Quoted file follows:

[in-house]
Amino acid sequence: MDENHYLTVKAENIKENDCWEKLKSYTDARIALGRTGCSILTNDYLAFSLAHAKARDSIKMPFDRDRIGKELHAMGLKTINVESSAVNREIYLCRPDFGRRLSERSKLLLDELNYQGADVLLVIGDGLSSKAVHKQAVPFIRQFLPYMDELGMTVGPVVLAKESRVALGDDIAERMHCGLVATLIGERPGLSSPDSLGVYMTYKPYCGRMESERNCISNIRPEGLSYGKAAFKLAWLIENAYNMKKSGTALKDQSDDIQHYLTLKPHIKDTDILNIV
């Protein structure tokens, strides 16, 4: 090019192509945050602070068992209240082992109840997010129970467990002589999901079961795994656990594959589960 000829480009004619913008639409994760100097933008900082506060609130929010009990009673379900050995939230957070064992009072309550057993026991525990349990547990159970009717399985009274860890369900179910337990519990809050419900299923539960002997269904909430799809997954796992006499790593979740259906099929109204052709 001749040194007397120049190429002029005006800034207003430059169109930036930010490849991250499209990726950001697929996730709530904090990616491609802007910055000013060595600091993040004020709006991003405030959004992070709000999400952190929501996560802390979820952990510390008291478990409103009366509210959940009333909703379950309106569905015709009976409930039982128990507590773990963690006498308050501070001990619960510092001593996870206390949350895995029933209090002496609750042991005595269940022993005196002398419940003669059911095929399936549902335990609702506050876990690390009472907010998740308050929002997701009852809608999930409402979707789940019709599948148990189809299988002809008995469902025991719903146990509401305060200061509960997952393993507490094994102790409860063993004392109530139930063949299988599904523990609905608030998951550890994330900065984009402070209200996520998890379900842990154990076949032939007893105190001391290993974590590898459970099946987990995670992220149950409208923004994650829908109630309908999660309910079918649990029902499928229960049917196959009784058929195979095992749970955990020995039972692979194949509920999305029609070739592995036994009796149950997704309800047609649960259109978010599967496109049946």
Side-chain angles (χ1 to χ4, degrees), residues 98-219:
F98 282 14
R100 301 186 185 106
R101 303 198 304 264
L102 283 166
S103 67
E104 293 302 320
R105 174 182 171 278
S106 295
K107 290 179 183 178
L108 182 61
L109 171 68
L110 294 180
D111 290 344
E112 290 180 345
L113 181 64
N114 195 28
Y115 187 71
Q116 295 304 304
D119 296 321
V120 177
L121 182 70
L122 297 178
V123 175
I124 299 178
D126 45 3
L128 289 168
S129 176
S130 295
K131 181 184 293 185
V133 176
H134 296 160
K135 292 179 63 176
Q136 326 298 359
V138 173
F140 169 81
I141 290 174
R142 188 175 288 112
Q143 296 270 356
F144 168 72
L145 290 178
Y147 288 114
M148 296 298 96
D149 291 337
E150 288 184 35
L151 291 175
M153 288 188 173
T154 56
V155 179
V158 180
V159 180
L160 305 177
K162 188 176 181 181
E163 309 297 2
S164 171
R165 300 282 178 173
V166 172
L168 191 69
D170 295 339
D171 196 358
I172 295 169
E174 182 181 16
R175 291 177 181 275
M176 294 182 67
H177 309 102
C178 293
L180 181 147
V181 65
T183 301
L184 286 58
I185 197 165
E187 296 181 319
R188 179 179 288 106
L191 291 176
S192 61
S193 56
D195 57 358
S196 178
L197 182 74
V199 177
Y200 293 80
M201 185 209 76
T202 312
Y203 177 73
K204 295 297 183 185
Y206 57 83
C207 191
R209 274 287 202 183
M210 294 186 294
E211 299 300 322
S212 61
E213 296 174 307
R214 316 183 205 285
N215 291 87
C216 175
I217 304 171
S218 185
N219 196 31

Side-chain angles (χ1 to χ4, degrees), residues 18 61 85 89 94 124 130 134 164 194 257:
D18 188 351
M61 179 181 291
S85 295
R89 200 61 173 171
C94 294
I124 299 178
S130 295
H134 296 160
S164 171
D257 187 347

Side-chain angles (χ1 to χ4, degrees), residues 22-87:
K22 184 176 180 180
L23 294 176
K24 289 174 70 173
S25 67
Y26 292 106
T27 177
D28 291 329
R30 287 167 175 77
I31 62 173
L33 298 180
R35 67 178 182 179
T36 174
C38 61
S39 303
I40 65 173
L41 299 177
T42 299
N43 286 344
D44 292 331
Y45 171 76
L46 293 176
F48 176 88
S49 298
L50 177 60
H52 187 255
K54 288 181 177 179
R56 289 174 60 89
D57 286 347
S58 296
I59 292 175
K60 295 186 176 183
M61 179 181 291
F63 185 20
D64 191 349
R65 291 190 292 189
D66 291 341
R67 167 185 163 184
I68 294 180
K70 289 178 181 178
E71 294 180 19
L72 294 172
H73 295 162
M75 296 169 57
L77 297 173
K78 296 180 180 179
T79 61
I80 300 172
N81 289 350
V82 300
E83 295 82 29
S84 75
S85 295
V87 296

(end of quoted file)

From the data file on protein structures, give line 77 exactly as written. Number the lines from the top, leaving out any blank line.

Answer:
L191 291 176